Gregg William's Affidavit and Why the Signing Date Doesn't Matter

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Gregg William's Affidavit and Why the Signing Date Doesn't Matter
Chris Graythen/Getty Images

When NFL Network's Albert Breer broke the news with this tweet,

 

 

there was a collective "Oh!" from the sporting world. 

When ProFootballTalk.com released this tweet

 

 

the questions started flowing. 

Why was it just signed Friday if the statement was made in 2010?

Is Gregg Williams just trying to save his own job?

What is an affidavit? 

Who do you support in the Bounty Case?

Submit Vote vote to see results

 

An affidavit is a written statement taken under oath by an authorized official. Simply put, it's a statement that can be submitted as evidence in court. The statement can no longer be dismissed as hearsay.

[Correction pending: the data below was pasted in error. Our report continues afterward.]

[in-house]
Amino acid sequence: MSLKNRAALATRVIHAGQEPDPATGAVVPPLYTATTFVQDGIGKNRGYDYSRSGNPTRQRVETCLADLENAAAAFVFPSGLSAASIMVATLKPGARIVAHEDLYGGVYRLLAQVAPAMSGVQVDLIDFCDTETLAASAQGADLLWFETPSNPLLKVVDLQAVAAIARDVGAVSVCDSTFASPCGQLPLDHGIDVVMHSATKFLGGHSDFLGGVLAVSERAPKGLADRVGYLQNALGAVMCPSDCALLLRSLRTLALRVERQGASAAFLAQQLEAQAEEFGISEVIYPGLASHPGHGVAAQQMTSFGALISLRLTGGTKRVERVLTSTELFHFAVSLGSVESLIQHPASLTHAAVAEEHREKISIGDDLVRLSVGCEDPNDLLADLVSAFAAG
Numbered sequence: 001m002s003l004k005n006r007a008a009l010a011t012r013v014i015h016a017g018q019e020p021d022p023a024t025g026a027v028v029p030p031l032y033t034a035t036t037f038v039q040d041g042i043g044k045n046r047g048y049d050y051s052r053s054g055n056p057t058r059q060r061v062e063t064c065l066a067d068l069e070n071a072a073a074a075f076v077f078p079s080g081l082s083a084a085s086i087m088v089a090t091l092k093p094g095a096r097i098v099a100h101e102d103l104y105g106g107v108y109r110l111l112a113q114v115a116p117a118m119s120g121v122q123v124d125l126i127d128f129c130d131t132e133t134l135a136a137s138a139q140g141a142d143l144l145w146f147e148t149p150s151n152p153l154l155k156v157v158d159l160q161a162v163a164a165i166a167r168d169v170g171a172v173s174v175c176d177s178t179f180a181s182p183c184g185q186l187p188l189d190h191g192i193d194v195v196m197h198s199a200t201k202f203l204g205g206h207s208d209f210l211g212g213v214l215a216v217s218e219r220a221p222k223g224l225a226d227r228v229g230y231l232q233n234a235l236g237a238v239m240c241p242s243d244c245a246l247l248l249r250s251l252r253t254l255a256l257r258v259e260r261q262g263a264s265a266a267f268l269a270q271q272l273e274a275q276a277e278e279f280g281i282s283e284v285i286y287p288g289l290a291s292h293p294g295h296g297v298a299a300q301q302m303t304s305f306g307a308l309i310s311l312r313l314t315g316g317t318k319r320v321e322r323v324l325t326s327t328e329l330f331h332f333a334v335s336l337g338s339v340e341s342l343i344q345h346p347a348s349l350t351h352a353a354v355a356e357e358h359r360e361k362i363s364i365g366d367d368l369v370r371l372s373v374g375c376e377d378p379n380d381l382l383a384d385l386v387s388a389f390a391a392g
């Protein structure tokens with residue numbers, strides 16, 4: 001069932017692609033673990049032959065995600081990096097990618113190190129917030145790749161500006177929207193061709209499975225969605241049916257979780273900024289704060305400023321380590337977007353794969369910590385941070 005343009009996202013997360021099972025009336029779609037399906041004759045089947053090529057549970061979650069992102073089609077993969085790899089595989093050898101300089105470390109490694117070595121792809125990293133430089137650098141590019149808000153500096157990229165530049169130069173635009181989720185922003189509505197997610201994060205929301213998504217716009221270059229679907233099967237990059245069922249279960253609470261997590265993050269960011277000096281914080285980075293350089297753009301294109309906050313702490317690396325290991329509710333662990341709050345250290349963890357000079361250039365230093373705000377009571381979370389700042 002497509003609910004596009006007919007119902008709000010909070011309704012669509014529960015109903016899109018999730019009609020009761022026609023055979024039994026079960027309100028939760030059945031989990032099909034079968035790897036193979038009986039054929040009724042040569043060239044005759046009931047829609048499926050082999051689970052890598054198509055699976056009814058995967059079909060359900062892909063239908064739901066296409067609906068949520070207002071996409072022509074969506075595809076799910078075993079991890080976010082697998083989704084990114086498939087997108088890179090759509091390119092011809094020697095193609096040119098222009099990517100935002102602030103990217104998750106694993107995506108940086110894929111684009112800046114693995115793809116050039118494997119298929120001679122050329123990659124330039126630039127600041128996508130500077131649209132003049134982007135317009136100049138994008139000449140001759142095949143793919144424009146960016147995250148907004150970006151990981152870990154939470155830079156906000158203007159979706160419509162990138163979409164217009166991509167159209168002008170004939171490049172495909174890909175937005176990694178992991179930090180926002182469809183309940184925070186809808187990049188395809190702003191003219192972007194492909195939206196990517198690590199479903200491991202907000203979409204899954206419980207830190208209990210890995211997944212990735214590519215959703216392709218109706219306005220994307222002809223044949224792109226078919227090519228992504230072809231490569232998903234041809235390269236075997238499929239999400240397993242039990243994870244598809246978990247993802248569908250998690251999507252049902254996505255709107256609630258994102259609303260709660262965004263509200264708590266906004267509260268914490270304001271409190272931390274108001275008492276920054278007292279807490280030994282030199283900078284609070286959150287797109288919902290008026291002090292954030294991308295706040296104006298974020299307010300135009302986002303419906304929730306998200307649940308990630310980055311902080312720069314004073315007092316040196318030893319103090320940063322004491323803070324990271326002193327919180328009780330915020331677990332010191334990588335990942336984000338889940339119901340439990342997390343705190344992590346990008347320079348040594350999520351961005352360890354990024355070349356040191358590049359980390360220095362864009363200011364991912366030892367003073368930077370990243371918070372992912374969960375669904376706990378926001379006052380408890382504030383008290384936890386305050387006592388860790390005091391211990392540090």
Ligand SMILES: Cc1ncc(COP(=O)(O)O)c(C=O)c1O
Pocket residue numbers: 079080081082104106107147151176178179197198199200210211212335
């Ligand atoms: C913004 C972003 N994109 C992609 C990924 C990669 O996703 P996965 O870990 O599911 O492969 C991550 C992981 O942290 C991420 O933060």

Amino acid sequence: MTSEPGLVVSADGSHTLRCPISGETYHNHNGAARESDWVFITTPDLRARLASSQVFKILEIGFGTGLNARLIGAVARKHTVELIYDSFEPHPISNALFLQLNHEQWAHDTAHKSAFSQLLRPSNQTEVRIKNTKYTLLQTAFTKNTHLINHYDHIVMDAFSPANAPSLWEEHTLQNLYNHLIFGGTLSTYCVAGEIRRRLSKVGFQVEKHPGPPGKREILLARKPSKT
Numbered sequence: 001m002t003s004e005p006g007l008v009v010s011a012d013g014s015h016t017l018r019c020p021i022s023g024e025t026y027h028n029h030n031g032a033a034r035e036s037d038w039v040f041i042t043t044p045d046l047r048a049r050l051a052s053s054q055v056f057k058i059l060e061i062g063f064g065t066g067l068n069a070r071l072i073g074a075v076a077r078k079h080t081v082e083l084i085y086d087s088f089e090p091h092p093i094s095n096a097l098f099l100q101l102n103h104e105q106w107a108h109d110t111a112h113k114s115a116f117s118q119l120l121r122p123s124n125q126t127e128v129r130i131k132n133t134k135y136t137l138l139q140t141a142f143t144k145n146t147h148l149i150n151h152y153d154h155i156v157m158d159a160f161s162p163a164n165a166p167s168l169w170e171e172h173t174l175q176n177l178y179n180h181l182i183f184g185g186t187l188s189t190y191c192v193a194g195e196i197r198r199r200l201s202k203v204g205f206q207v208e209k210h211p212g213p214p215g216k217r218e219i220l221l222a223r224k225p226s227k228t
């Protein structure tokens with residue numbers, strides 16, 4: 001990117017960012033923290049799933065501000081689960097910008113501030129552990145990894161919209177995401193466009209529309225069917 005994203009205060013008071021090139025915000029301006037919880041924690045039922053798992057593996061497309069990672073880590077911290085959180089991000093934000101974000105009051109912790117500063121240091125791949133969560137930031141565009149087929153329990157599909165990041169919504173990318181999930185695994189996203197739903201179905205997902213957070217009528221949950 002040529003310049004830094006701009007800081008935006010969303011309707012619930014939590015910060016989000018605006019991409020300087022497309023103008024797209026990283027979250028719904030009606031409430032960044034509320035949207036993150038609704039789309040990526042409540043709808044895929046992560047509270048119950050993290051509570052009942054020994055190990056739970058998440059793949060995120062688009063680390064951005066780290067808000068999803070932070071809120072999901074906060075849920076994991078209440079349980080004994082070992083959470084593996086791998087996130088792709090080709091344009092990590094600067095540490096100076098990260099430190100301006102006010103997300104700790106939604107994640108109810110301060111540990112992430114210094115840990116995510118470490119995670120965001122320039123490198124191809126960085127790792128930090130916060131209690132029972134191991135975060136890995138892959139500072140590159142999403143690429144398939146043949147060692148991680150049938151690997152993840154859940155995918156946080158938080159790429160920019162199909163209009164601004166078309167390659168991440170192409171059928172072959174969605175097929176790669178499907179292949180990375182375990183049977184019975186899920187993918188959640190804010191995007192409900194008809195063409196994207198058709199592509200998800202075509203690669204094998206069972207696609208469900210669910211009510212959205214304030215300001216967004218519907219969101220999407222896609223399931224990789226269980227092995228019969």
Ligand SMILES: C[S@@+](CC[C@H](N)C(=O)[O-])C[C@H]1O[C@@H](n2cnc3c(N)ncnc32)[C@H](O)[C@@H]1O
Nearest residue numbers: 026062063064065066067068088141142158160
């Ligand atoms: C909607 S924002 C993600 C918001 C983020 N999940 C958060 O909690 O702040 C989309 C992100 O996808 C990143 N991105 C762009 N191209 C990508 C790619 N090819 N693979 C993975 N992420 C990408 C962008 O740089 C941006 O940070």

The NFL, up to this point, hasn't produced the evidence in the Bounty Case against Jonathan Vilma, Will Smith, Scott Fujita or Anthony Hargrove. It wasn't necessary. 

 

Now that the case got a reboot after the suspensions were lifted, the league decided it might need to use some of the evidence they claimed to have as ammunition. In order to present that evidence in a compelling way with lawyers present, they needed an affidavit. 

If the league had intended to use any evidence in their legal case, they would have had Williams sign an affidavit earlier. Because they didn't have a need to share it, it wasn't done until now. 

It's as simple as that. The signing date means absolutely nothing in its significance to this case. 

The only significant thing about the affidavit is that the league is finally starting to show actual evidence.

Will it stop the questions or speculation? Absolutely not. 

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